Are there any good usability studies on when it's best to load heavy files/scripts?

Say I have a chat function, where the user clicks a chat button to bring up a chat in the sidebar. Should the JavaScript be loaded during the initial page load (at the end of <body> of course but still, the page will keep loading) or when the user clicks the chat button?

Note that not all users will use the chat functionality, but will they be ready to wait the 1-10s it might take to load, even if I give visual "loading..." feedback?

1 answer


Good question. If the resources needed to bring up the chat weighs a ton, then you propably wouldn't want to serve that up to every user, simple because it will slow the page loading overall. It's worse to have a slow-responsive first page load then when opening advanced features like a chat.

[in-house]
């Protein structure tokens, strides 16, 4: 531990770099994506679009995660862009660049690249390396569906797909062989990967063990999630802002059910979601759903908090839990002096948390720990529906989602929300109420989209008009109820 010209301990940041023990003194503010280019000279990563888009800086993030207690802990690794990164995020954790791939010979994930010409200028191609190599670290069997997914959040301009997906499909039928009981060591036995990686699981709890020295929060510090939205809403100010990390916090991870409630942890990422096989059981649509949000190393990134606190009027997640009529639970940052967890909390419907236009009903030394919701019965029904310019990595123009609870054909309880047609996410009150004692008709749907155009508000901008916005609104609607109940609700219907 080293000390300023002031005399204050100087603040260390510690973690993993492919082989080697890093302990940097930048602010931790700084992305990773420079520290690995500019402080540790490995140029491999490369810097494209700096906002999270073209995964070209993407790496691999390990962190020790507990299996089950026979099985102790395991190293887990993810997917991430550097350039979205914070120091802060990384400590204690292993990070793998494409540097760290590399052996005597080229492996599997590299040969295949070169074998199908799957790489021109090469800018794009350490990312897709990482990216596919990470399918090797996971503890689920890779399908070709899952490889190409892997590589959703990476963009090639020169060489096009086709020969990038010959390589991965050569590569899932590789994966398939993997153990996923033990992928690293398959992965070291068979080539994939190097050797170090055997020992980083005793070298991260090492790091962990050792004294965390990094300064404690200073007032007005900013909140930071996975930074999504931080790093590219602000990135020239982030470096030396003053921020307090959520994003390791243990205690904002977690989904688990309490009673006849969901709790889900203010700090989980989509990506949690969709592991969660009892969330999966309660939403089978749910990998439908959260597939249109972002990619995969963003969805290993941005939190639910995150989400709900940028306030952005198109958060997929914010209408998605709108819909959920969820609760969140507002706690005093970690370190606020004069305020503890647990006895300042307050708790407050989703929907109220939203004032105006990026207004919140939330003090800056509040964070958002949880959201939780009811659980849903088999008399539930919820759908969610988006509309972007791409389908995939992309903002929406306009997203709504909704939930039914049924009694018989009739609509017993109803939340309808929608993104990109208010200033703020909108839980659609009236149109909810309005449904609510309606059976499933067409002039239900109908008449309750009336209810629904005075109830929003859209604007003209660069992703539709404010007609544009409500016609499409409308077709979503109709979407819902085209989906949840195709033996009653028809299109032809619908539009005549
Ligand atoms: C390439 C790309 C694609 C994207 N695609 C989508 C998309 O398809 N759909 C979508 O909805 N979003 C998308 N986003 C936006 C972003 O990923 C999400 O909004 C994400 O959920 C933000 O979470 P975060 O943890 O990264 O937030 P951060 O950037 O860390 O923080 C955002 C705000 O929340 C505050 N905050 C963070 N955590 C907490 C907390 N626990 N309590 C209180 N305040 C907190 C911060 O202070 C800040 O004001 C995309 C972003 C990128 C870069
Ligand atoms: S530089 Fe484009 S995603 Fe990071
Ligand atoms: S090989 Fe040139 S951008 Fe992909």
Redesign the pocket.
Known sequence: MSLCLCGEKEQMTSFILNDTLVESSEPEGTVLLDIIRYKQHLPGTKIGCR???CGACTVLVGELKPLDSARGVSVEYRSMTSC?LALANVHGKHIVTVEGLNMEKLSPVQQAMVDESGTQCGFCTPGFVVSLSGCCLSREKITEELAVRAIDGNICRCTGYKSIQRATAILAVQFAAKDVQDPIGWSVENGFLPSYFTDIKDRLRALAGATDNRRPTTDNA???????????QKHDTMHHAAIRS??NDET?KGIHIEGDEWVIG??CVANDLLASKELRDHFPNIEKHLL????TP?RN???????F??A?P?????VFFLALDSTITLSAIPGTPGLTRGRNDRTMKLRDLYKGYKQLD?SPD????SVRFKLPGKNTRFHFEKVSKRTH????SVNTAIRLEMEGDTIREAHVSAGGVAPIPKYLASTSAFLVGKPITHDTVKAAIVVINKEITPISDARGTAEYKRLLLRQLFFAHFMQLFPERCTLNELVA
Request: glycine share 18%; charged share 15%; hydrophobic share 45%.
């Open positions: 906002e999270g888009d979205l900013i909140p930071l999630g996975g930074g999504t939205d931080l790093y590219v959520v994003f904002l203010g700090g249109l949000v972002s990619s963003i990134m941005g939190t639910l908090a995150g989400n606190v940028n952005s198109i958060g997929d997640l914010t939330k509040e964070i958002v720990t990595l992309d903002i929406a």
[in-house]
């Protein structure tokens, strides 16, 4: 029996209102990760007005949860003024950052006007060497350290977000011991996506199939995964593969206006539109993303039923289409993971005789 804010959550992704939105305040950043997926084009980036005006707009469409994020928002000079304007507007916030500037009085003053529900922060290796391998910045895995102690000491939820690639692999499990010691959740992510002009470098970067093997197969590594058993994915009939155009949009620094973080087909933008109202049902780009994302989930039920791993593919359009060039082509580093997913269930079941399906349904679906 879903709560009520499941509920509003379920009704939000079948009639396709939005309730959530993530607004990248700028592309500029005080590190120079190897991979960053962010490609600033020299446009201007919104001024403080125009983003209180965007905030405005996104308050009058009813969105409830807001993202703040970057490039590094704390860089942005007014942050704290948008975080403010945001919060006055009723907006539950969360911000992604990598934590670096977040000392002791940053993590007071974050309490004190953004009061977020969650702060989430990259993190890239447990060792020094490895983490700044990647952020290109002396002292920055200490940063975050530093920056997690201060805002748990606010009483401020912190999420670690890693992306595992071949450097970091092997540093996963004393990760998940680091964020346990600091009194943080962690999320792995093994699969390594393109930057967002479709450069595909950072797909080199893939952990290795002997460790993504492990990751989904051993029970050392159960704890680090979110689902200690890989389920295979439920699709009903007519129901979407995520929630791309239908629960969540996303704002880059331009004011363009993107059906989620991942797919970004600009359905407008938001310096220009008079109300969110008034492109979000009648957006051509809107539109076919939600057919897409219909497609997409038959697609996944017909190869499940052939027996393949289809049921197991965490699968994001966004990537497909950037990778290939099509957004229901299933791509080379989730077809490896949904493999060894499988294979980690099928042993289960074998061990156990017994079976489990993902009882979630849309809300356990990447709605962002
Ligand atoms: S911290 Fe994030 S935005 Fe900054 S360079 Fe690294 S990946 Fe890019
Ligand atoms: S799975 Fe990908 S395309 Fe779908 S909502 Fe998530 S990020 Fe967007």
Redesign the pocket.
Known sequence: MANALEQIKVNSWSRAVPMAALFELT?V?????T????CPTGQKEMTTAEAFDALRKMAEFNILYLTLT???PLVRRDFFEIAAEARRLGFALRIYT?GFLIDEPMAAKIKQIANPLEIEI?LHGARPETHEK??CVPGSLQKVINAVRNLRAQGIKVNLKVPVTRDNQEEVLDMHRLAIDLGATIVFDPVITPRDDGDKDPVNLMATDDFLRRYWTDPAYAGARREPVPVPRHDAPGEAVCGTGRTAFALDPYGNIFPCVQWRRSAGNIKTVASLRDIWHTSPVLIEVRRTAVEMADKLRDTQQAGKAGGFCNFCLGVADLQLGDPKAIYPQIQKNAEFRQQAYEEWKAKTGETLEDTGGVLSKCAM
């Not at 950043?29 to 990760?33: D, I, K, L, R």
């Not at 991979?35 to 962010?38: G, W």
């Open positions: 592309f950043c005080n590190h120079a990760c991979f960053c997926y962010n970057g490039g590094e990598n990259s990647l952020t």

Be sure to use a very clear and simple visual loading process (and maybe even progress). You probably wouldn't want this loader to cover the entire screen if it takes 10s to load, be discrete (maybe put in your sidebar where the chat is loaded and/or fixed to the top of the browser window).

It's also important to note that there are alot of low-bandwith people out there, and if a page doesn't respond they will go elsewere (rather quickly). So, give them the page, the content and barebones, then add the JS-spice. And in this case, with a heavy chat function, load that when the user requests it.

Loading before the end of the <body> element as you suggested isn't a bad solution, as the user have access to all of the pages content excluding the chat function. And that's ok. Serve max of the page content as fast as possible.

Answered almost 10 years ago by Jens Hedqvist